How To Detect A Lazy Eye?

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Lazy eye is not always easy to detect, particularly in infants or children, so we thought it would be helpful to write an article about this and point you to some clues on how to detect a Lazy Eye.

To do this, we should start by listing some of the symptoms of Amblyopia. Once you are familiar with the symptoms, it will be easier for you to detect a Lazy Eye. We will also discuss how we can detect Amblyopia or Lazy Eye in infants, children, and adults. However, remember that considering a yearly checkup with the eye doctor is our best advice.
Having said that, how can we detect a Lazy Eye?

Detecting Amblyopia in infants will -for obvious reasons- be more complicated compared to observing it in a child or an adult.

A child or adult can communicate and describe a situation, making detection easier.

As a recap: Amblyopia occurs when one of the two eyes has a better visual acuity than the other.

The brain typically receives visual information from both eyes. It merges these two pieces of visual information to form a clear image with the advantages of added depth perception.

When these two images are too different, the brain will select the sharper, clearer image and avoid the other: The image that is not ‘as good’ is the information being sent to it by the lazy eye. The eye becomes ‘lazy’ because the other eye does most of the visual work. Do not that Amblyopia can also occur in both eyes.

If you want to learn more about Amblyopia, you can read about it in the following article, where we discuss the causes of lazy eye, the symptoms, how Amblyopia can be treated, and how to prevent it.

Amblyopia, unlike strabismus, cannot be diagnosed by noticed visually. There is no apparent defect.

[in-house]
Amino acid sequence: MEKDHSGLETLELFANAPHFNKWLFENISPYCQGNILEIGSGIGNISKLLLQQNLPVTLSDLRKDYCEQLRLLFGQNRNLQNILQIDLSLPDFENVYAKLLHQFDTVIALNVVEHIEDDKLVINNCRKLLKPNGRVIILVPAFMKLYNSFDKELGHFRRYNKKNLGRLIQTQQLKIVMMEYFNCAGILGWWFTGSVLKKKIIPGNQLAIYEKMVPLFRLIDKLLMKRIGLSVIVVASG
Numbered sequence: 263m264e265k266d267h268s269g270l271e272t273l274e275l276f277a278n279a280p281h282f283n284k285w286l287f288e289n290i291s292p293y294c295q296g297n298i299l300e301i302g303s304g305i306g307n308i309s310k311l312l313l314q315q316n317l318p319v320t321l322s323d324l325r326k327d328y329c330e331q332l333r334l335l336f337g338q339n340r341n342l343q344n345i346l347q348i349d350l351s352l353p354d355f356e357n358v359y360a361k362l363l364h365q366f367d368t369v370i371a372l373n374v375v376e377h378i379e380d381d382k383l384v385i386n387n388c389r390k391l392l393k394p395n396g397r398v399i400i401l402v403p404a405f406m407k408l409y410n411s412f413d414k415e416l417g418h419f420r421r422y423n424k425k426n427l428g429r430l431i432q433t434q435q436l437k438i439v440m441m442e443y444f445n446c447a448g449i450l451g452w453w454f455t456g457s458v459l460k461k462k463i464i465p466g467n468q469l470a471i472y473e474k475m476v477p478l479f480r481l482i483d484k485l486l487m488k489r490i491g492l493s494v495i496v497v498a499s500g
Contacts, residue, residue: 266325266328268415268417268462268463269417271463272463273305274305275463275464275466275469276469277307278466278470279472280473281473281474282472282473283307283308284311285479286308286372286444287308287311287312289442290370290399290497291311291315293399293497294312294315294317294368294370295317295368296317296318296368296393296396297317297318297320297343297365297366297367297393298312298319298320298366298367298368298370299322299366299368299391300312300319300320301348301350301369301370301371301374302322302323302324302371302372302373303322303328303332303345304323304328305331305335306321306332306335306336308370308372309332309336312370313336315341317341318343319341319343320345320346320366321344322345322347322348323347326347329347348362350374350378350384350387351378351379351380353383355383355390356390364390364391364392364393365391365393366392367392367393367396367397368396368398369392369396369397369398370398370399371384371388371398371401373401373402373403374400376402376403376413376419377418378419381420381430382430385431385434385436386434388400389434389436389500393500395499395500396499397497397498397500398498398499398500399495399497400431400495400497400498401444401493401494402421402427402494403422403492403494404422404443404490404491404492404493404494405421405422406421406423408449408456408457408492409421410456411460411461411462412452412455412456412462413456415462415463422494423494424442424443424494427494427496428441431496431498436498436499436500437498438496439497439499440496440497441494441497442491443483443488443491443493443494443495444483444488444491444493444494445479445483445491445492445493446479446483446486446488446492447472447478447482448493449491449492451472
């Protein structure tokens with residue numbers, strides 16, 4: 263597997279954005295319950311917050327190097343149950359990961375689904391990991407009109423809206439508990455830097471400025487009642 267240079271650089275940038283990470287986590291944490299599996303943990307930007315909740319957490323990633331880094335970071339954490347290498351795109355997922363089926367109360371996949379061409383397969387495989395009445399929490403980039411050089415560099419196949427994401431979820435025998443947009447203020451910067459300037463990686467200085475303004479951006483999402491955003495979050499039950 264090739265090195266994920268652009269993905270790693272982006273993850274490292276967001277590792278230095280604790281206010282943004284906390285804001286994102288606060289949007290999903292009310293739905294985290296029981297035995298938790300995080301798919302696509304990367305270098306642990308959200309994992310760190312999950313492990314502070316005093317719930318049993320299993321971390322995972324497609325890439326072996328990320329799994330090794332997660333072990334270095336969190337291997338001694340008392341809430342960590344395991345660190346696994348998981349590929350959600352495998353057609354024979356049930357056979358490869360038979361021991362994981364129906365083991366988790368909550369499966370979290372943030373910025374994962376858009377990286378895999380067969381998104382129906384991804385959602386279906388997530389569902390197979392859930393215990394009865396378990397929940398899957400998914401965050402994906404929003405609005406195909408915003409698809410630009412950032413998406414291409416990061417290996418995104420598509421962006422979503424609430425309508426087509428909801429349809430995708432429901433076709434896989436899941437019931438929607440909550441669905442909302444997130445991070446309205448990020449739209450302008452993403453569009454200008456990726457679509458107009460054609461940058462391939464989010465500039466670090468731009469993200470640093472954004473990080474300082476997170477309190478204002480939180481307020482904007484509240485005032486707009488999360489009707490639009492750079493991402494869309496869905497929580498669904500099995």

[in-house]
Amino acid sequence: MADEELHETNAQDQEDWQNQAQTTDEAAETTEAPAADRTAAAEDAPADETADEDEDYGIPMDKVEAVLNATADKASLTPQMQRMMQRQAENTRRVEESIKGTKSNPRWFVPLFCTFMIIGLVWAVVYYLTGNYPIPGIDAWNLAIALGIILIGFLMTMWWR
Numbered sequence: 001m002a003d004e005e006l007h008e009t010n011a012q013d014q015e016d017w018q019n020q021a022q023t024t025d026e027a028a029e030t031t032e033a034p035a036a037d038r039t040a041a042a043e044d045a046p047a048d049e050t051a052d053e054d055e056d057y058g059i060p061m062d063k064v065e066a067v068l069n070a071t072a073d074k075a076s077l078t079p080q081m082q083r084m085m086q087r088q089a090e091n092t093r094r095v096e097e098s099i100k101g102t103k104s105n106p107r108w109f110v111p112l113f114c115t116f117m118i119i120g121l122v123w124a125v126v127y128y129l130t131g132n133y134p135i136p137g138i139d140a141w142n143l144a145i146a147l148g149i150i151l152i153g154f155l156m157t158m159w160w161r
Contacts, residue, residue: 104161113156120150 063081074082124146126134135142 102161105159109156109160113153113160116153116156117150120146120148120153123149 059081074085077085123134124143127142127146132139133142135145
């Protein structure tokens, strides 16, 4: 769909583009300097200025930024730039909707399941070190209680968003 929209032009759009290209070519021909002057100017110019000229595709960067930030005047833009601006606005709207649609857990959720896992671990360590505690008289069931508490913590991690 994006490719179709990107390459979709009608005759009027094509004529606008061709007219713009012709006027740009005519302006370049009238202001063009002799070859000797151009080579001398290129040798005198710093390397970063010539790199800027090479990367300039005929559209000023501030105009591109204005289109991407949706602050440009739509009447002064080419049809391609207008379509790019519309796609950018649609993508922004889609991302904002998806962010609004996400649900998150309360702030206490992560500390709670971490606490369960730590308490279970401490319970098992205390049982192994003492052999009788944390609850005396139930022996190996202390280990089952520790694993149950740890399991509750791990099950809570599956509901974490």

Detecting strabismus is easier as we can visually detect misaligned eyes. One eye is turned to one side or the other, inward, outward, upward, or downward.

On the other hand, a lazy eye is easier to diagnose if a visual acuity test is performed on each eye.

Do note that Amblyopia can develop as a consequence of strabismus. This fact does not imply that all amblyopes suffer from strabismus.

What Are the Symptoms allowing us to Detect a Lazy Eye?

Amblyopia occurs when visual acuity does not develop in one or both eyes
The result is poor vision, even with refractive correction (glasses/lenses). It results in a lack of binocular vision. Usually, both eyes can send similar images to the brain. The brain can combine the two images seamlessly and create a single 3D image.

But what happens when the brain cannot combine the two images sent to it by your eyes?

By not being able to combine the two images, the brain starts to eliminate the poorer-quality image, the one provided by the lazy eye. This results in even less development in the Lazy Eye and even worse vision.

According to the Spanish Association of United Optometrists, between 3 and 5% of the population is estimated to suffer from Amblyopia. It is considered the leading cause of decreased visual acuity in children.

Symptoms of Amblyopia or Lazy Eye:

  • Blurred vision
  • Double vision
  • Poor depth perception
  • Eyes do not seem to coordinate correctly, one eye may go in a different direction than the other, and there may be, in some cases, a deviation of one eye (strabismus).
  • Frequent headaches
  • Visual fatigue
  • Squinting, closing one eye, or tilting the head
  • Resistance to playing tossing and catching games
  • Appears clumsy

Going to the eye doctor for a medical examination is essential, as Amblyopia is not apparent without an eye exam.

It is especially advisable to see an ophthalmologist if there is a family history of any kind of similar visual disorder like Amblyopia, strabismus, childhood cataracts, or any other ocular pathology that may be hereditary.